Harper defends Afghan mission, blasts
[PoliticsWatch Updated 6:255 p.m. March 1, 2006]
|Prime Minister Stephen Harper answers
questions in the House of Commons foyer on Tuesday.
Prime Minister Stephen Harper strongly defended Canadian troops in Afghanistan and said his government does not plan to have
a vote in the House on the issue.
Harper's comments come a day after a Canadian General assumed command of the multinational force in the southern part of the country.
The NDP and the Liberals, who originally sent troops to Afghanistan while in government, are now calling for a
debate in the House of Commons on Canada's mission.
Liberal defence critic Ujjal Dosanjh said earlier this week a debate is needed to "make sure that the people of Canada believe there ought to be a debate."
But Harper said he was "distressed" when he read some comments from Liberals questioning Canadian involvement.
"You do not send men and women into harms way in a dangerous mission with the support of our party and other Canadians and then decide when they're over there that you're not sure you should have sent them.
"That's not the way this government is going to behave. We are fully behind this mission, we are fully behind these troops."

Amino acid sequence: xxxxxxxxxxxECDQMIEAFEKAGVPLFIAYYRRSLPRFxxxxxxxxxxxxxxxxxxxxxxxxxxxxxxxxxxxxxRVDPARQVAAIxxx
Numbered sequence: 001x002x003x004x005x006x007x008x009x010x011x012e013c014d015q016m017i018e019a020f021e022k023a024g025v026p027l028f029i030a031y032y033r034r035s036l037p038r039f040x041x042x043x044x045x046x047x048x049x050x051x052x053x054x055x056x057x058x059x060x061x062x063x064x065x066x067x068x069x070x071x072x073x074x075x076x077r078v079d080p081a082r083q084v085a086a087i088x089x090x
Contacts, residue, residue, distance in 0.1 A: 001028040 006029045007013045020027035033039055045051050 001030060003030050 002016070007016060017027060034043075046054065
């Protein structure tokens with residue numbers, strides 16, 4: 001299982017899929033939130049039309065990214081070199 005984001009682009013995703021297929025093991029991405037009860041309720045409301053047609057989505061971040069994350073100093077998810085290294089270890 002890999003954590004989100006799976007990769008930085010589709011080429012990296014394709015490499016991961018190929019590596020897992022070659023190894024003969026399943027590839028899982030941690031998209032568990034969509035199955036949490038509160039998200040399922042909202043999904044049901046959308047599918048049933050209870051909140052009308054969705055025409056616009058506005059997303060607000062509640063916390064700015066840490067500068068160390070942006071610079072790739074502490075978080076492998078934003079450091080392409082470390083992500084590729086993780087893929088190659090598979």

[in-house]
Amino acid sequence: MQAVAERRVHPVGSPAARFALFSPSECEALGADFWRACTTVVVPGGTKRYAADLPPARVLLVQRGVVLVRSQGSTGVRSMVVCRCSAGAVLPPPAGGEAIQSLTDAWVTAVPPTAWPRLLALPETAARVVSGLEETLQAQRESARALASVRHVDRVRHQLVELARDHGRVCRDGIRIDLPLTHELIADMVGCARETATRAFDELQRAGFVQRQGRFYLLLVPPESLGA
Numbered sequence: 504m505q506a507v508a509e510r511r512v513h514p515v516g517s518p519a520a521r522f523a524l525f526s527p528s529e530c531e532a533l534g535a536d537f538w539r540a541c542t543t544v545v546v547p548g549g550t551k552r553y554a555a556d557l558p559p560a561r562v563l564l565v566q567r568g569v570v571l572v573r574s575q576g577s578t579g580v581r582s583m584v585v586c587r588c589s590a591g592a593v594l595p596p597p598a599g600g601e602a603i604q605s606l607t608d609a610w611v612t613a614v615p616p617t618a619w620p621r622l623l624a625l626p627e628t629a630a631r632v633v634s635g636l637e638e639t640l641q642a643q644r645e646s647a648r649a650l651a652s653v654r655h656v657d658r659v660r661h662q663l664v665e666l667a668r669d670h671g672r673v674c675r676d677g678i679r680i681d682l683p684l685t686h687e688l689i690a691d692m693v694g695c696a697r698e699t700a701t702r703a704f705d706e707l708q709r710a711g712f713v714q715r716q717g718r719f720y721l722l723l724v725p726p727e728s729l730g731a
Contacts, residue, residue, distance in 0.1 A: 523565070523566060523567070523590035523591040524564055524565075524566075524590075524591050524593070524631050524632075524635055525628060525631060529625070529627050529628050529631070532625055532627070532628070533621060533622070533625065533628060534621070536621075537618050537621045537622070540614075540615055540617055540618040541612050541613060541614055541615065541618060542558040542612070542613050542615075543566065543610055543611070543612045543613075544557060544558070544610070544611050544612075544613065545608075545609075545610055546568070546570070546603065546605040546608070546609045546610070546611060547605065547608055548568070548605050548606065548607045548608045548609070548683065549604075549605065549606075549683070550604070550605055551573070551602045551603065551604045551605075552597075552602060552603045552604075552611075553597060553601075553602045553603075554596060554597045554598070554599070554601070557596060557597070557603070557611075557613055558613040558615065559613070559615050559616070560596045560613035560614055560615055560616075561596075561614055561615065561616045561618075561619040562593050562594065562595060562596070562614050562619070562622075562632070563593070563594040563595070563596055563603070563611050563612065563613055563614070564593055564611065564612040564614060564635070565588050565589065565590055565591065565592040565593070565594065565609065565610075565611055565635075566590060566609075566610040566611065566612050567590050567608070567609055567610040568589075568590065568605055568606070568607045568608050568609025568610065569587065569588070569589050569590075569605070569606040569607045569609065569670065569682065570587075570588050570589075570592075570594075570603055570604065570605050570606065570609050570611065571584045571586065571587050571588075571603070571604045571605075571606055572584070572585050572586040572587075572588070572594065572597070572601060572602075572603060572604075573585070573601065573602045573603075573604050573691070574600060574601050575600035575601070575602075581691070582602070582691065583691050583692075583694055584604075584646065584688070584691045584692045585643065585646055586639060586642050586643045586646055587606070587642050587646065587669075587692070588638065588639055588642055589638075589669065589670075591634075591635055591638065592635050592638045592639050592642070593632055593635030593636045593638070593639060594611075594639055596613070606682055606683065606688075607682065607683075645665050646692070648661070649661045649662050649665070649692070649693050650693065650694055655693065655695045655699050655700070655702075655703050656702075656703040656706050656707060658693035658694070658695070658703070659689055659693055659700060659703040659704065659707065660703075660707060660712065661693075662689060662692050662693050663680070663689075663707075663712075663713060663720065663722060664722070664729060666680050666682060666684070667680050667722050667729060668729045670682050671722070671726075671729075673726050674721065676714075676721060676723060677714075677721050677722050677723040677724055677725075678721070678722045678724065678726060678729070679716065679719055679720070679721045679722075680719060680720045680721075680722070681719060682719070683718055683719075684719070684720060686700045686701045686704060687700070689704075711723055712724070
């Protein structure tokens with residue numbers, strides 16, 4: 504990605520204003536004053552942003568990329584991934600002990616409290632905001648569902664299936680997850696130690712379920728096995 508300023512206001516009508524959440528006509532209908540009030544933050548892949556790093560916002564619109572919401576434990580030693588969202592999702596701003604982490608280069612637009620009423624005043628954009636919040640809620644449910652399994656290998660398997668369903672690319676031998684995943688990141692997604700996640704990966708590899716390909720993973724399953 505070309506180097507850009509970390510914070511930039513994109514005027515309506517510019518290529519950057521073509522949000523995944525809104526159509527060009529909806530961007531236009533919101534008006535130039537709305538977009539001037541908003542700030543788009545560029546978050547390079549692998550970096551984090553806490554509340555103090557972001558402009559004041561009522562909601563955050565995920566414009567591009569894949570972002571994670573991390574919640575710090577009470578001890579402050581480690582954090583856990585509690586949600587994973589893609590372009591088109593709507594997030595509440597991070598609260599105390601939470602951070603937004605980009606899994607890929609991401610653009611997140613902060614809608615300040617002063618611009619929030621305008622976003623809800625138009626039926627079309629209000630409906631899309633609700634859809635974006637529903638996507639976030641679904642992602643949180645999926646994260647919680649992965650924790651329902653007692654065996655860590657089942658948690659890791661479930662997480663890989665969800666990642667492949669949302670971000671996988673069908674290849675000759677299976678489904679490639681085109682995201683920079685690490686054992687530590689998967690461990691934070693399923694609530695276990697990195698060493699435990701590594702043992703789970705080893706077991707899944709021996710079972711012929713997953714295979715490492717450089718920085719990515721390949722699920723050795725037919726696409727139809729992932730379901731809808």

Harper called the mission in Afghanistan "critical" and "important for global security."
"We believe that the success of this mission is important not just in terms of Canada's objectives, but important in terms of the contribution we are making to the world community and to global security."
However, speaking to reporters after a Liberal caucus meeting,
Dosanjh and Opposition Leader Bill Graham both said they are
supportive of Canada's presence in Afghanistan.
"I am not trying to say that we don't support this
mission," said Dosanjh. "We fully support the mission.
"Just because Mr. Harper wants to say we may not doesn't make
Dosanjh said he is merely pointing out that Harper and his party
have promised in the past to have debates in the House on such
"I think Canadians might learn something from that sober debate
in the House. I think the issue is about Mr. Harper not being able
to keep his promises and some of the criticism getting under his
So far eight Canadian soldiers and a diplomat have died in the four years that Canada has had a presence in Afghanistan.
As for how Canadians feel about the mission, that's debatable.
A poll for Reuters released on Tuesday showed 70 per cent of Canadians support Canada's expanded mission. This is almost the exact opposite result of a Strategic Counsel poll released last week.
Meanwhile, Harper tried to downplay speculation that he could be headed to Afghanistan as earlier as next week.
"I don't have any plans to go there, but obviously in the future if we decide to travel somewhere we'll let you know."
The Canadian Press reported last week that advance security teams were in Afghanistan and Pakistan to prepare for a visit by Harper.
The region is still dangerous and the Prime Ministers Office likely would not want Harper's visit widely known.
U.S. President George W. Bush made a surprise visit in Afghanistan this week.
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